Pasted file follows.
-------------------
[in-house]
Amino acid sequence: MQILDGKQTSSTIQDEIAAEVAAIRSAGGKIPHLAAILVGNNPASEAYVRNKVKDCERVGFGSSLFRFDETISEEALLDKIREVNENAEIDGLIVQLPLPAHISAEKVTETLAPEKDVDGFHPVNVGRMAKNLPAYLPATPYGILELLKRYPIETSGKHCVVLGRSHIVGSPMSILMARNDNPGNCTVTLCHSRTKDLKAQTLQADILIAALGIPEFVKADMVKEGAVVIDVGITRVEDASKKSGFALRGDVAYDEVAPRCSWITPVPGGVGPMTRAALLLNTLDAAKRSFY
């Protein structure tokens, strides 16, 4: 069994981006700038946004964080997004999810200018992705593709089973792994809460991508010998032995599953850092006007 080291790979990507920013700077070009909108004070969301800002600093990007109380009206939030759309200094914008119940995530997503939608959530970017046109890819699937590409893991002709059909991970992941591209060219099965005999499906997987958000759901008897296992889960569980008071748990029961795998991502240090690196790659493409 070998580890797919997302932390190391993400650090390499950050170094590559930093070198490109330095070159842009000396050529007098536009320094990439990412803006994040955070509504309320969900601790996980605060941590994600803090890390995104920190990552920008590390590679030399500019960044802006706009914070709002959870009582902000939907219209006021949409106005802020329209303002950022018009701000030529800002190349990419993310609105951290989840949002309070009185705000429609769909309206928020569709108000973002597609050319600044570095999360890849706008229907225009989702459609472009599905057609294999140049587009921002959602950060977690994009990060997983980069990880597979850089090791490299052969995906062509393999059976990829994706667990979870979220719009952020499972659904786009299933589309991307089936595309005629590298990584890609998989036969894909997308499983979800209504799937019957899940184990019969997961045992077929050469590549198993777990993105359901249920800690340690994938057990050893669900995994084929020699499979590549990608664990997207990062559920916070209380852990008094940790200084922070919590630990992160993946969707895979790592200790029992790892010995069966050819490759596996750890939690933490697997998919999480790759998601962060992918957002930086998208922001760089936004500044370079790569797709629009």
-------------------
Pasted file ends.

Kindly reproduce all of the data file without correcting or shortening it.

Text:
[in-house]
Amino acid sequence: MQILDGKQTSSTIQDEIAAEVAAIRSAGGKIPHLAAILVGNNPASEAYVRNKVKDCERVGFGSSLFRFDETISEEALLDKIREVNENAEIDGLIVQLPLPAHISAEKVTETLAPEKDVDGFHPVNVGRMAKNLPAYLPATPYGILELLKRYPIETSGKHCVVLGRSHIVGSPMSILMARNDNPGNCTVTLCHSRTKDLKAQTLQADILIAALGIPEFVKADMVKEGAVVIDVGITRVEDASKKSGFALRGDVAYDEVAPRCSWITPVPGGVGPMTRAALLLNTLDAAKRSFY
């Protein structure tokens, strides 16, 4: 069994981006700038946004964080997004999810200018992705593709089973792994809460991508010998032995599953850092006007 080291790979990507920013700077070009909108004070969301800002600093990007109380009206939030759309200094914008119940995530997503939608959530970017046109890819699937590409893991002709059909991970992941591209060219099965005999499906997987958000759901008897296992889960569980008071748990029961795998991502240090690196790659493409 070998580890797919997302932390190391993400650090390499950050170094590559930093070198490109330095070159842009000396050529007098536009320094990439990412803006994040955070509504309320969900601790996980605060941590994600803090890390995104920190990552920008590390590679030399500019960044802006706009914070709002959870009582902000939907219209006021949409106005802020329209303002950022018009701000030529800002190349990419993310609105951290989840949002309070009185705000429609769909309206928020569709108000973002597609050319600044570095999360890849706008229907225009989702459609472009599905057609294999140049587009921002959602950060977690994009990060997983980069990880597979850089090791490299052969995906062509393999059976990829994706667990979870979220719009952020499972659904786009299933589309991307089936595309005629590298990584890609998989036969894909997308499983979800209504799937019957899940184990019969997961045992077929050469590549198993777990993105359901249920800690340690994938057990050893669900995994084929020699499979590549990608664990997207990062559920916070209380852990008094940790200084922070919590630990992160993946969707895979790592200790029992790892010995069966050819490759596996750890939690933490697997998919999480790759998601962060992918957002930086998208922001760089936004500044370079790569797709629009």